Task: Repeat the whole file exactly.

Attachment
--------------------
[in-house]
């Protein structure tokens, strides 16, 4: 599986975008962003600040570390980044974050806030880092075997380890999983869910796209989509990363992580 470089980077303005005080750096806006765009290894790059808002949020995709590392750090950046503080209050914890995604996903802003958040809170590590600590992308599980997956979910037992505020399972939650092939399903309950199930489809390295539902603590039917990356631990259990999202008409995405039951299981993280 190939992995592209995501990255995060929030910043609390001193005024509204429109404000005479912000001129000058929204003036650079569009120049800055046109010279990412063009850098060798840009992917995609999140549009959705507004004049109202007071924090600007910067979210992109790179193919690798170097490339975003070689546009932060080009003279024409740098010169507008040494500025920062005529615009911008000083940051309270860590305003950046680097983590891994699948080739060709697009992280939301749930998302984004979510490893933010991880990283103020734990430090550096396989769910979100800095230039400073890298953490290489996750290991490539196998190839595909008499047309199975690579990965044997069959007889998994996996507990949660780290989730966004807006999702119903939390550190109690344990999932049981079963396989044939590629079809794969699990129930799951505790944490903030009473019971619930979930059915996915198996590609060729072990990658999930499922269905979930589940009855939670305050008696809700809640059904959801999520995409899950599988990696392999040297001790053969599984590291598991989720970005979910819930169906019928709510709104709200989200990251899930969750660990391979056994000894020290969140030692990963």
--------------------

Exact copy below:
[in-house]
């Protein structure tokens, strides 16, 4: 599986975008962003600040570390980044974050806030880092075997380890999983869910796209989509990363992580 470089980077303005005080750096806006765009290894790059808002949020995709590392750090950046503080209050914890995604996903802003958040809170590590600590992308599980997956979910037992505020399972939650092939399903309950199930489809390295539902603590039917990356631990259990999202008409995405039951299981993280 190939992995592209995501990255995060929030910043609390001193005024509204429109404000005479912000001129000058929204003036650079569009120049800055046109010279990412063009850098060798840009992917995609999140549009959705507004004049109202007071924090600007910067979210992109790179193919690798170097490339975003070689546009932060080009003279024409740098010169507008040494500025920062005529615009911008000083940051309270860590305003950046680097983590891994699948080739060709697009992280939301749930998302984004979510490893933010991880990283103020734990430090550096396989769910979100800095230039400073890298953490290489996750290991490539196998190839595909008499047309199975690579990965044997069959007889998994996996507990949660780290989730966004807006999702119903939390550190109690344990999932049981079963396989044939590629079809794969699990129930799951505790944490903030009473019971619930979930059915996915198996590609060729072990990658999930499922269905979930589940009855939670305050008696809700809640059904959801999520995409899950599988990696392999040297001790053969599984590291598991989720970005979910819930169906019928709510709104709200989200990251899930969750660990391979056994000894020290969140030692990963």